Angie Akers, principal at Glasscock Elementary School (Marion County), said she also expected a typical professional learning program.
“It has been fantastic for my professional growth, but one thing that sets it apart is that is has been a personal journey for me,” Akers said. “There are many self-assessments. You look at yourself and your personality, and then you figure out how you can use your personal traits to have a positive impact on others.”
Ellis said it is often uncomfortable for principals to focus on themselves, but she said the inward focus of this program is what makes it valuable for principals.
“We tend to plan the professional learning specific to the needs of the teachers, and we always overlook our own needs. And what happens is we become very stagnant and outdated and we don’t take time to reflect, and when we don’t reflect we just keep doing what we’ve always done, and there’s no real improvement or intentional work on that,” she said.
The principals’ training begins with a series of assessments in which they evaluate themselves and are evaluated by superiors, peers and those who report to them. They spend three days in the summer at the Center for Creative Leadership’s headquarters in Greensboro, then attend a pair of two-day meetings in Frankfort.
“Those days in the summer seem like a lot, but it was some of the best spent time I’d ever had as an administrator,” Ellis said.
And it doesn’t cost the principals a dime to participate in the program. Fees and travel costs – estimated by the chamber at $9,000 per principal – are covered by the Kentucky Chamber Foundation.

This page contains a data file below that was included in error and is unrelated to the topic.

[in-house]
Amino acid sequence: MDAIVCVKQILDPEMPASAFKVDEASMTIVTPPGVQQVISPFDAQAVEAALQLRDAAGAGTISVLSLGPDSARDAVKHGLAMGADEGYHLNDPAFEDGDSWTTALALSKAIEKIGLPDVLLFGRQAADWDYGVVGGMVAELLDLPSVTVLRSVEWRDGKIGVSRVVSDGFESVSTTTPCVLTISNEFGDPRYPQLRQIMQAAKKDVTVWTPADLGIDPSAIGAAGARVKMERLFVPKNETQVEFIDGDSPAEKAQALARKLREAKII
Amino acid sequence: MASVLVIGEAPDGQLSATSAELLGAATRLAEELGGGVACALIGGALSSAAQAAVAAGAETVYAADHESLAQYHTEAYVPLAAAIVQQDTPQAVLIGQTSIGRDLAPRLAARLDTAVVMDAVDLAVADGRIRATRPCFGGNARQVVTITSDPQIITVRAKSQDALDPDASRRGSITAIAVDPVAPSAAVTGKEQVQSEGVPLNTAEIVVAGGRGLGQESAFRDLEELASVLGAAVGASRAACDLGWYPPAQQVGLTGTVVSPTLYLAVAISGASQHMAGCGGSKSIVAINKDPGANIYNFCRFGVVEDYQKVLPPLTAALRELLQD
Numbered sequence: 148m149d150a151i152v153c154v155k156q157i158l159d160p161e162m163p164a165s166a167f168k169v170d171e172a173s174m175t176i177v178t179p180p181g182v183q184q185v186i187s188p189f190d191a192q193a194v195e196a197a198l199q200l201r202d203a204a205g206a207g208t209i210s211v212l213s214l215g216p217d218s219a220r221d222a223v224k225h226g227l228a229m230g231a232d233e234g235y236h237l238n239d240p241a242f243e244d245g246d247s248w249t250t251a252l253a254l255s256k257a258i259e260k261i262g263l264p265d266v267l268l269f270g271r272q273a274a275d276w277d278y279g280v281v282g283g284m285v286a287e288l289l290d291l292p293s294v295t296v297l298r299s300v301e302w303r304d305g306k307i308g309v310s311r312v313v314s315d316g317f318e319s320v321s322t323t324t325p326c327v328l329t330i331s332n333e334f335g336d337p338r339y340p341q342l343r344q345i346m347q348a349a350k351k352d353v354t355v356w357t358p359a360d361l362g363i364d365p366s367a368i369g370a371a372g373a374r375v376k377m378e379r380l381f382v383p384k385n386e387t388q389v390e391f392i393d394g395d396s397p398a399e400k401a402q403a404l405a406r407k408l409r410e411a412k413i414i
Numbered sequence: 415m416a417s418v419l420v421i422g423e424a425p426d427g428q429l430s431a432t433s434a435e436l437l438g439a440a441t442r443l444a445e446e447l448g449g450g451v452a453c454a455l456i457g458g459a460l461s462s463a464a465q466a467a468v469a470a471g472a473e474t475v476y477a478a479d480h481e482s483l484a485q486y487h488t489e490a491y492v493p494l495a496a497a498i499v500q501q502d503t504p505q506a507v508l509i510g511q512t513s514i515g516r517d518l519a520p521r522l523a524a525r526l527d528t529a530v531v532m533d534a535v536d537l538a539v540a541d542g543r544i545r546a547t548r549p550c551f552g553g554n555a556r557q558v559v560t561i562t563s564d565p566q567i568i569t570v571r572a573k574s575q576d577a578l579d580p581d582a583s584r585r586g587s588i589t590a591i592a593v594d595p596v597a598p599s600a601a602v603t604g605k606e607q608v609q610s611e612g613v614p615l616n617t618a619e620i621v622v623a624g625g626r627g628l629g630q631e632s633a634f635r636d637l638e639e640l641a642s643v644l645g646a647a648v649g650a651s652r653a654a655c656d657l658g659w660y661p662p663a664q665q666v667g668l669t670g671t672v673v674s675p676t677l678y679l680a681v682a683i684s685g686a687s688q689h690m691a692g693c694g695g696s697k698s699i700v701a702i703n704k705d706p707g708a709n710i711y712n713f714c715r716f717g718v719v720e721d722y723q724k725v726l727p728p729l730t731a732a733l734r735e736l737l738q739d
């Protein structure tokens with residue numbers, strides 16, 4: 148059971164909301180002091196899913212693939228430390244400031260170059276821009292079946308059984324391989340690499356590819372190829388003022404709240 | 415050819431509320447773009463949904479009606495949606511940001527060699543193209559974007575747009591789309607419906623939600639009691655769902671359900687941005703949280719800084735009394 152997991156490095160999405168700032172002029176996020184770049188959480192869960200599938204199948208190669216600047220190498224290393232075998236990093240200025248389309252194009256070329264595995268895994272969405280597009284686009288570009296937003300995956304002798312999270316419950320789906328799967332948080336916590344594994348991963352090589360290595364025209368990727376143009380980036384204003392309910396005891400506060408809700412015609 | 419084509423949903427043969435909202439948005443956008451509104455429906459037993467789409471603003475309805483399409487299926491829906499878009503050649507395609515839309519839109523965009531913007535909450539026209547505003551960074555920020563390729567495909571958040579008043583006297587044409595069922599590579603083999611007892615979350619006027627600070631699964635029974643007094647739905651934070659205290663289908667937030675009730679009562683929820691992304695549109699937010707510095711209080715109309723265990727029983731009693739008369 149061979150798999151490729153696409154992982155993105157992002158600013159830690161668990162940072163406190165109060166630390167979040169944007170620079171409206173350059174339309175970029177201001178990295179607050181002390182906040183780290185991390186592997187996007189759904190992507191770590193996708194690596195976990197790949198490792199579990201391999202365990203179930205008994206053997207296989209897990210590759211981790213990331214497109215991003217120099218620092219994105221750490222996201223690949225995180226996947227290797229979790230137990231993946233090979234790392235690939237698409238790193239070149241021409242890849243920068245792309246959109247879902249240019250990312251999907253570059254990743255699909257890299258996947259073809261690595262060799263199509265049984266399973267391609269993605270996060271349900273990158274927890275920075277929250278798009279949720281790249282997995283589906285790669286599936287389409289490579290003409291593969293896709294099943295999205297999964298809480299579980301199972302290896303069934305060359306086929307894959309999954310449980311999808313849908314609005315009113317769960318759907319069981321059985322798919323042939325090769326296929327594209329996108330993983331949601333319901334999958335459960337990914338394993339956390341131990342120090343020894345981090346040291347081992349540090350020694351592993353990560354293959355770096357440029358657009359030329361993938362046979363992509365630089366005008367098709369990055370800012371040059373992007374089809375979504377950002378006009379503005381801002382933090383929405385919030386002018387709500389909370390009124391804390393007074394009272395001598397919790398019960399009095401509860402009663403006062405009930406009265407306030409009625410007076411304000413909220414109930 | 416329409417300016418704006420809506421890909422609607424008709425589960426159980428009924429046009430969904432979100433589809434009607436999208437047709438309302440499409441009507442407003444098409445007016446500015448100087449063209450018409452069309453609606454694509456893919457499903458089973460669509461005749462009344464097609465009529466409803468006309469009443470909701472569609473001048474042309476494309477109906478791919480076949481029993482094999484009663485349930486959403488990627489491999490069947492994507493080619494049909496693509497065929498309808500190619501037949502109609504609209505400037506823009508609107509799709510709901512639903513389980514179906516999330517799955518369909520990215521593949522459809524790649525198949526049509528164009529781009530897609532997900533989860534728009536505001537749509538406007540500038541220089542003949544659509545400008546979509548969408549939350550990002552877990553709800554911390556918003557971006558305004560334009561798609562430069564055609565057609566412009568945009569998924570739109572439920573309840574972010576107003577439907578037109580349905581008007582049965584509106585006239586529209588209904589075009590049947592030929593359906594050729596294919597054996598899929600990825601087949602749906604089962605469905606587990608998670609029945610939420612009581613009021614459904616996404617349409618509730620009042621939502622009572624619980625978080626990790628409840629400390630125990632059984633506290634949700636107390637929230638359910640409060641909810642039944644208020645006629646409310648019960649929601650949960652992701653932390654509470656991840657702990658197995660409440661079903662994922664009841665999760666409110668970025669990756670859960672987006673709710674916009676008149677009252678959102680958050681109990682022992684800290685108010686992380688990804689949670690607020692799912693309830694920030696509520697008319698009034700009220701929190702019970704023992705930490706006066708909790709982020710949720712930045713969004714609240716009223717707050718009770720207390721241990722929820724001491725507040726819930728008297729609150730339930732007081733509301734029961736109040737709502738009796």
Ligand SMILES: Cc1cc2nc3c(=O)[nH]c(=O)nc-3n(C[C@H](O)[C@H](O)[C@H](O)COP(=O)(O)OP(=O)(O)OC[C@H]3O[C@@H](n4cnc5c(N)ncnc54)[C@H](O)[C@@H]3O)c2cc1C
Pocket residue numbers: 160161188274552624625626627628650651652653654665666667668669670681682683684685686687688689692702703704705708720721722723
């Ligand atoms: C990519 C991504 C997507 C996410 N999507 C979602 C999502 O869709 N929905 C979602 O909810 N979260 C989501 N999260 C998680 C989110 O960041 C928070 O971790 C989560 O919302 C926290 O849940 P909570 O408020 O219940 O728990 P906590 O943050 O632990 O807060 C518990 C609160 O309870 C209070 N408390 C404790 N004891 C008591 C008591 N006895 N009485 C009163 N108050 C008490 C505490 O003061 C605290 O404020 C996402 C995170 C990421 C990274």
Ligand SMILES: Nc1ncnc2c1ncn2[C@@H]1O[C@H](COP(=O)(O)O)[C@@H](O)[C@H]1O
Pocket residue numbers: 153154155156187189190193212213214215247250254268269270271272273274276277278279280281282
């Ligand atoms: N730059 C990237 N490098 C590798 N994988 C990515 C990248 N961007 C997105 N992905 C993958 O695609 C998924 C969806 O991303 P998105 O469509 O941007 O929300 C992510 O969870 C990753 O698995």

“After the pilot program was a great success, we decided to do it for five years. We raised over $3 million to invest in about 350 school principals,” Wolf said. “This year we decided to continue our program. It’s not something we see going away any time soon as long as we have the funding from the business leaders.”
Wolf said the chamber gets 120 to 130 applications each year. Forty-eight principals are accepted and divided into two cohorts that focus on three areas: themselves, change and power and influence.
“They look for principals that are earlier in their careers, because research has shown that those principals can have a greater impact,” she said.
Jonathan Miller, principal at Graves County Middle School, said he began applying what he was learning at the institute well before he completed his training.
“I’ve taken several of these learning activities that we do that are hands-on, and I’ve carried those over into my faculty meetings. We talk about the same meanings and the same learning experiences that we talk about here,” Miller said.
Cotton said he has applied some of the principles he has learned to a teacher mentoring program at his school.
“I have seen the results of that, that sometimes what I think I’m communicating is not actually being heard the way I think it’s being spoken. So I’m becoming more intentional about how I communicate my ideas and my vision of the school to my teachers,” he said.
McLaughlin also said she is now more aware of how she leads at Southern Elementary.
“It has caused me to reframe thinking and be more purposeful in how I use my position of influence in my school community. It has caused me to reflect on current and future practices that impact children and impact my teachers and staff,” she said.
The participating principals said their schools will be better as they become better leaders.
“I believe the leader of the school impacts the whole school, so everything I learn here I can carry over to my teachers, my students, my parents, community members, shareholders,” Miller said. “It is going to have a great impact on my school. It already has.”